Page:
Income tax is optional in the United States

US law will also apply in Germany from 2015 The unknown danger from America


Excursus: US tax system

The USA, like most states, tax according to the world income principle. Anyone who is subject to tax in one state must pay tax on their entire worldwide income, regardless of where the income was generated. According to American tax laws, taxpayers or persons with a US connection are not only persons who are resident or resident in the USA. Rather, tax liability is linked to citizenship and comparable legal positions. As a result, those affected include all US citizens, persons in possession of a US green card and all persons who are unrestrictedly taxable in the US based on the "Substantial Presence Test".

The latter group of people includes people who have been or have stayed in the USA for a certain period of time. The aforementioned taxpayers are also required to submit an annual US tax return. Unless an application for an extension of the deadline has been made, this is

(i) by April 15 ("US Individual Income TaxReturn", Form 1040), for natural persons with unlimited tax liability, or

(ii) by June 16 for U.S. Nonresident Alien Income Tax Return, Form 1040NR. In addition, a self-assessment principle applies in US procedural law. This means that the taxpayer - unlike in Germany - is fundamentally solely responsible for determining and paying his taxes.

In addition to the tax declaration obligations, other reporting and disclosure obligations may also come into question. For example, Americans have been required to disclose information about foreign bank accounts under certain conditions since the 1970s. This obligation applies to US persons who have a foreign account or who are authorized to sign for it. As a relief, an exemption from the declaration obligation applies if the maximum balances from all affected foreign accounts, added together, have not exceeded the amount of US $ 10,000 per year.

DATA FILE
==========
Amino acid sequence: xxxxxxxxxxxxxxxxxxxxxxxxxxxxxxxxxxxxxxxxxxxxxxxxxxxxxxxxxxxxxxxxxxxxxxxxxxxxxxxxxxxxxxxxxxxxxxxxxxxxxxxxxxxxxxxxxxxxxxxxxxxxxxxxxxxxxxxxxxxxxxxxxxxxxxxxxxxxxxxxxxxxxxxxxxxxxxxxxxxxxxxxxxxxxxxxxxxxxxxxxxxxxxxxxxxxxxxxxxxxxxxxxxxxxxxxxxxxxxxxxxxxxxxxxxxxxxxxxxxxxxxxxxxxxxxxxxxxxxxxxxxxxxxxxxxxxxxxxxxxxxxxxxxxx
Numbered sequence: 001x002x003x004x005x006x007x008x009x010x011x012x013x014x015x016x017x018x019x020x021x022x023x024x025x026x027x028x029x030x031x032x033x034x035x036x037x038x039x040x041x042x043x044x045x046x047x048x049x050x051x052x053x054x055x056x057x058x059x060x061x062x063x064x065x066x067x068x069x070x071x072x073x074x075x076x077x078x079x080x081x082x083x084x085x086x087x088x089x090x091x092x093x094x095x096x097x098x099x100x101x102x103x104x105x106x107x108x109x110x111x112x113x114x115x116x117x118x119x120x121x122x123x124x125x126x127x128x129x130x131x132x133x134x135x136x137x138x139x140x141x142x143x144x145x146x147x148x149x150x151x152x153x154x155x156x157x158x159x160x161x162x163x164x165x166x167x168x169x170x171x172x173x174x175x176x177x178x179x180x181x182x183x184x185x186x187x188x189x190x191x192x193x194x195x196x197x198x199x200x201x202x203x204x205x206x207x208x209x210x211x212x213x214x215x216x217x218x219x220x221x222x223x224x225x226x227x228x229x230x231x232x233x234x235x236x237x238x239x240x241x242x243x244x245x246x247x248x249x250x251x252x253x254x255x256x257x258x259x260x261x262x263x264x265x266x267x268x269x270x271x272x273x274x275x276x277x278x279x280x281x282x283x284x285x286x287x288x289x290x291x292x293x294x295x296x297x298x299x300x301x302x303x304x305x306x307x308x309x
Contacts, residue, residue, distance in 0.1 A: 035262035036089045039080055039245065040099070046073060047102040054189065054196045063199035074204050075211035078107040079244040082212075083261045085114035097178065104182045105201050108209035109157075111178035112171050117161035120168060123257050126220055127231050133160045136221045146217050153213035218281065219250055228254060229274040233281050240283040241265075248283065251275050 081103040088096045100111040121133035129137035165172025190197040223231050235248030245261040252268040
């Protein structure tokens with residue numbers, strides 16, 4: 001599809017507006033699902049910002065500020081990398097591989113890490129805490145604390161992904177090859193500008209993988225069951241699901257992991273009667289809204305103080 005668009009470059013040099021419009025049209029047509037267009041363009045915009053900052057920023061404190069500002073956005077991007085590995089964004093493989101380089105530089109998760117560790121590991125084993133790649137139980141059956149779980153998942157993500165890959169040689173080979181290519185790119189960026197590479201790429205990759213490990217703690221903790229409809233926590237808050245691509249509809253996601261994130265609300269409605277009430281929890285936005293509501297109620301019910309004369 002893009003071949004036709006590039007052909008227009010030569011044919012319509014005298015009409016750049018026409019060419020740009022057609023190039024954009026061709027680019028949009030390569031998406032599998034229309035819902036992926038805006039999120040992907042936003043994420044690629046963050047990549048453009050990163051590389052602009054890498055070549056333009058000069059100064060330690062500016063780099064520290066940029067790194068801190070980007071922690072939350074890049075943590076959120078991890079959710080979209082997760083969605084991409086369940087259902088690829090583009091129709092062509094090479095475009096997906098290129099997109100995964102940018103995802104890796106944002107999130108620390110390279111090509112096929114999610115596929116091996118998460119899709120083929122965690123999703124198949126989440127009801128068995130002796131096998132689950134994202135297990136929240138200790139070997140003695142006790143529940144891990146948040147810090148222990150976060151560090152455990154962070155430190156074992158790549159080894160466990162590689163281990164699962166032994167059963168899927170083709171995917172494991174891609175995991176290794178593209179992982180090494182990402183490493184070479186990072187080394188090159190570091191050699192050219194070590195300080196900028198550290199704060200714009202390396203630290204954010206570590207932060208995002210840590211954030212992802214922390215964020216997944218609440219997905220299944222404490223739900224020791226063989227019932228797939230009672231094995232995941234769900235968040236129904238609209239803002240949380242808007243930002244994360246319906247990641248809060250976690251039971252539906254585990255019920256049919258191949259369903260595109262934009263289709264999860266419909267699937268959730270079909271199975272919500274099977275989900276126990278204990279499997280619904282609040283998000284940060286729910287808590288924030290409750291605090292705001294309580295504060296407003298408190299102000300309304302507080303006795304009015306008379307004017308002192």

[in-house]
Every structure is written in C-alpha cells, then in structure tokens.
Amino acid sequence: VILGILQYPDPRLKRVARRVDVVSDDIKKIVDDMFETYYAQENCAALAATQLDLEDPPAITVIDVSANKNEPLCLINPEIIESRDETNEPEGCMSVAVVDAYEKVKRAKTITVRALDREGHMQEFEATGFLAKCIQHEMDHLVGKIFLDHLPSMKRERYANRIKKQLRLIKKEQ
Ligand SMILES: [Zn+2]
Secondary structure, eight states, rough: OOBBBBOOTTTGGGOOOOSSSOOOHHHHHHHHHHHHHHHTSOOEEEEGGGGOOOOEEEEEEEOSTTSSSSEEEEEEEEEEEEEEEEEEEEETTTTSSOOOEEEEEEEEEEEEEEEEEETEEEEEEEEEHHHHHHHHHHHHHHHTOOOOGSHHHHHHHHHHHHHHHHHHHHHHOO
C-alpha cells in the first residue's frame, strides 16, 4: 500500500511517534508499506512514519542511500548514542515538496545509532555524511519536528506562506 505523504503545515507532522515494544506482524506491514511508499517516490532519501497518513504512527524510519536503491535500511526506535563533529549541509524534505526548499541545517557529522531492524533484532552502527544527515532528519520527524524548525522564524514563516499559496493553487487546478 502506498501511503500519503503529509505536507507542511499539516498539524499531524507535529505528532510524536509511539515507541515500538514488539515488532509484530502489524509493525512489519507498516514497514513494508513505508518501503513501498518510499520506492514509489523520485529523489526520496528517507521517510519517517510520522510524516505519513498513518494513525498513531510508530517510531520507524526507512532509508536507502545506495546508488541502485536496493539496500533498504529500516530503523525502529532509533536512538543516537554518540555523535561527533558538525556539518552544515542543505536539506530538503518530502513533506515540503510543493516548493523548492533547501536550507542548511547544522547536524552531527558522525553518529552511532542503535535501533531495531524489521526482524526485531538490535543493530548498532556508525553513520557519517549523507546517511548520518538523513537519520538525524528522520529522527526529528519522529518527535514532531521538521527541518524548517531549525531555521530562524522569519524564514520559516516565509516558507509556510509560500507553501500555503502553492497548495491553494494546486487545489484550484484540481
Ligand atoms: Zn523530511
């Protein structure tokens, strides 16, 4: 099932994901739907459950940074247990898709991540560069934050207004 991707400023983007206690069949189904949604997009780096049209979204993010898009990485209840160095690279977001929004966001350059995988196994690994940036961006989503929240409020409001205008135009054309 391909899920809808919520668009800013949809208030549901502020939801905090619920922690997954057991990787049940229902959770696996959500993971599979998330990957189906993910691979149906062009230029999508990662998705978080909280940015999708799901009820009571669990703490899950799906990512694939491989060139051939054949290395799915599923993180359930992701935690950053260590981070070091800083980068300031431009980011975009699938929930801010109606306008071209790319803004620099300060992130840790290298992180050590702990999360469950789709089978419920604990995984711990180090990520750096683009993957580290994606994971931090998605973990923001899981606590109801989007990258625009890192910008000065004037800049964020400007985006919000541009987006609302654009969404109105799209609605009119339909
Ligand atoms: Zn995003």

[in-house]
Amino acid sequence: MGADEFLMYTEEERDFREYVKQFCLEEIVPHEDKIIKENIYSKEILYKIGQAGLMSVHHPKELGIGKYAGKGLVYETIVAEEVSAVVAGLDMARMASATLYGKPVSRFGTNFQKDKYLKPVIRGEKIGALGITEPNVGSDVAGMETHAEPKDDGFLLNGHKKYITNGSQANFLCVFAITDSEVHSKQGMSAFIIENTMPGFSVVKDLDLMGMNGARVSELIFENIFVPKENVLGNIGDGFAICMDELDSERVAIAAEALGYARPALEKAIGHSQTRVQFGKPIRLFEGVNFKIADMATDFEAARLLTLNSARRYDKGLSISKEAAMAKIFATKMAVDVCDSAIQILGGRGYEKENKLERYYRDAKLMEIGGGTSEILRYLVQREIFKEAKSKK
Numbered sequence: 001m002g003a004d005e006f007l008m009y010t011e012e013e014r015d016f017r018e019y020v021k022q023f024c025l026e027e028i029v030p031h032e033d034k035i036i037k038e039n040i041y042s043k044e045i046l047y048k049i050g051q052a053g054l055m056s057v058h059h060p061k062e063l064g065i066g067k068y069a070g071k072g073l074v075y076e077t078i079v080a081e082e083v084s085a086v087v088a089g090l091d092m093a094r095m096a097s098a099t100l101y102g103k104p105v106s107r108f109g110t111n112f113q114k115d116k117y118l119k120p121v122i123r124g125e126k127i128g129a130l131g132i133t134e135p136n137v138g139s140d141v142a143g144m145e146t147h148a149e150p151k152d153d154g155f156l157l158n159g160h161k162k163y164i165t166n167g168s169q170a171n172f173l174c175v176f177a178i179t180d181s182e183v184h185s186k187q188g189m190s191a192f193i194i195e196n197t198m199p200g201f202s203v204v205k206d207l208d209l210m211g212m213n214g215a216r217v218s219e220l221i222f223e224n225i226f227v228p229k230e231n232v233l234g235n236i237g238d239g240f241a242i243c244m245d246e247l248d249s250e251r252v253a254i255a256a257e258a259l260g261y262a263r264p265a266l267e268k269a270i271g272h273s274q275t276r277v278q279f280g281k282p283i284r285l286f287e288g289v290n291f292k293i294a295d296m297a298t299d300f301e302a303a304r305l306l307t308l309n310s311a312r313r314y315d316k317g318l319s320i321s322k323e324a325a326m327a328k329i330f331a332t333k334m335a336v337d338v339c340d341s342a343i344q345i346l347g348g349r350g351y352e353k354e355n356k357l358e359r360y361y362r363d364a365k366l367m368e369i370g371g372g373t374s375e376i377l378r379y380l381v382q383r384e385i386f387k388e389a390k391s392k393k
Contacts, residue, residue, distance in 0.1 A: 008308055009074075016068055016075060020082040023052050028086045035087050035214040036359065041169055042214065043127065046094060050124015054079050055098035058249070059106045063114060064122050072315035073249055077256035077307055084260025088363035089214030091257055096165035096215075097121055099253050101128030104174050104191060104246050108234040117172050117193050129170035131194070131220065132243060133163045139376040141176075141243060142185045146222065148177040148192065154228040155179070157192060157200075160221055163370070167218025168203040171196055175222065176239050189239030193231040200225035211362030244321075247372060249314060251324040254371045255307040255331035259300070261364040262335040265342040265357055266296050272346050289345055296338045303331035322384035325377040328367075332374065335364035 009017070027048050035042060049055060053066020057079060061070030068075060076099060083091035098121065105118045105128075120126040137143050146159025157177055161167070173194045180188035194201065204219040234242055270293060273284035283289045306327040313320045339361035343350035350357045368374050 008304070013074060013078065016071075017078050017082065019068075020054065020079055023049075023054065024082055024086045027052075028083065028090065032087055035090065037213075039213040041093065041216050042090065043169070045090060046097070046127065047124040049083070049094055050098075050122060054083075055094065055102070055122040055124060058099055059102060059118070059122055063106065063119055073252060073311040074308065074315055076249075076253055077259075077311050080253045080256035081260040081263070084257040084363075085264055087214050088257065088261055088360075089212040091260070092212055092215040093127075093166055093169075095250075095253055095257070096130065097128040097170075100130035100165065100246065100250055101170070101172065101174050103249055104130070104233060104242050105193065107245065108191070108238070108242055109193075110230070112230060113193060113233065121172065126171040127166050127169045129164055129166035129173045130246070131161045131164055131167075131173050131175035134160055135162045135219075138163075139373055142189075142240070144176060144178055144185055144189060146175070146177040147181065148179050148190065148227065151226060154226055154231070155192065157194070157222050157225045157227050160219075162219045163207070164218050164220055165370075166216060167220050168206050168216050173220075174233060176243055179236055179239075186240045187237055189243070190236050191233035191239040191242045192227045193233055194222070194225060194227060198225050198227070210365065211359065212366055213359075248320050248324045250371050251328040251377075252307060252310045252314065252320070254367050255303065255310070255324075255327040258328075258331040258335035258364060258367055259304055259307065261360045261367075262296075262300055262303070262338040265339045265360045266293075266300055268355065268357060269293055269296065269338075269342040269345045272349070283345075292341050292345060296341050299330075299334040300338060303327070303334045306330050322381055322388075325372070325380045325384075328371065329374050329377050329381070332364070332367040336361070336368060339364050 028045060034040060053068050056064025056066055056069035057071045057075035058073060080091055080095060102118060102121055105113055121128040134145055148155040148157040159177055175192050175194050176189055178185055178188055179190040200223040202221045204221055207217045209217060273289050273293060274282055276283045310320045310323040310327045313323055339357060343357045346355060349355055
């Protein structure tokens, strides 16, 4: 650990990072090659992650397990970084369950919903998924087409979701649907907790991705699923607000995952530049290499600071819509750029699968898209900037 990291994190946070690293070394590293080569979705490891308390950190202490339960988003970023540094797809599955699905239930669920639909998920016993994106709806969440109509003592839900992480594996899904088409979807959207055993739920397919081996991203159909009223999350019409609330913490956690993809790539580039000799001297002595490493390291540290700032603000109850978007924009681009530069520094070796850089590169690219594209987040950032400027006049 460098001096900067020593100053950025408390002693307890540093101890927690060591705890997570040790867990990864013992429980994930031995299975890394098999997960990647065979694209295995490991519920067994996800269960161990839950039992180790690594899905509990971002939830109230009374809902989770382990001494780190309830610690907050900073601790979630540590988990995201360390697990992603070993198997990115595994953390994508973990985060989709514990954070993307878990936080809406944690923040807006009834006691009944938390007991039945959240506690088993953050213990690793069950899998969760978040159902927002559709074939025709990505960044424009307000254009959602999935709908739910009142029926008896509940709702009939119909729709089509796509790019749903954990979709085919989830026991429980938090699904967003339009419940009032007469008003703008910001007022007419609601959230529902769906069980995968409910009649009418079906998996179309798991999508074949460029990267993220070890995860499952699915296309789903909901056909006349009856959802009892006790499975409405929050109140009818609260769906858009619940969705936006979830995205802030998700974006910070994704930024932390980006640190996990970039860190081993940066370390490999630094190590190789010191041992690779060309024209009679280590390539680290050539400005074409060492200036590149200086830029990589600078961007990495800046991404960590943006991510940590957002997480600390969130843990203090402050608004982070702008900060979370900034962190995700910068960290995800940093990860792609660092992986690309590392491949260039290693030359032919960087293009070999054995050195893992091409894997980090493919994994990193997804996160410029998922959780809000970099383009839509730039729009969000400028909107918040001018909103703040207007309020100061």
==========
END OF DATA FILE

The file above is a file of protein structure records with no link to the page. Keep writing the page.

The disclosure must be made annually by the 30th June of the year following the calendar year in which the tax declaration is required. Anyone who does not comply with the disclosure obligation risks considerable tax and criminal consequences.

>> Enlarge


Way out to global tax transparency

Tax and disclosure obligations in the USA do not cease to exist, as in many European countries, with the final move and permanent relocation of residence abroad. However, this is not known to many people. It is therefore not uncommon for US-related individuals to have unknowingly failed to meet their US tax obligations in recent years, thereby violating tax (criminal) law. This doesn't even have to have resulted in substantial tax debt in the US.

As in Germany, the IRS in the USA also offers various programs for previously neglected reporting and declaration obligations, with which the way back to tax compliance is to be paved with at least significantly milder sanctions. These include, for example, the Streamlined Filing Procedure (SFP) and Offshore Voluntary Disclosure Program (OVDP).

For cases in which no taxes are owed and there is only a breach of duty with regard to the reporting obligations, there has recently been the option of making up for omissions via a separate procedure, the so-called Delinquent FBAR Submission Procedure, or by submitting Delinquent International Information Returns.


About the authors:
Dr. Claudia Klümpen-Neusel has been working for the consulting company PwC in Financial Services / Private Client Solutions since 2011. As a German Tax Leader, she advises private and corporate customers, family offices and foundations on tax law matters, especially on issues relating to succession planning and tax asset structuring. Before that she worked for Law & Taxes in the HSBC Trinkaus Family Office.

Ferdinand Klempa has been working in the Tax & Legal Financial Services department at PwC in the auditing department since 2009. Since mid-2014, he and his colleagues have been building a competence center for the U.S. Tax compliance for private individuals. He also advises on private equity, investment funds and investor reporting.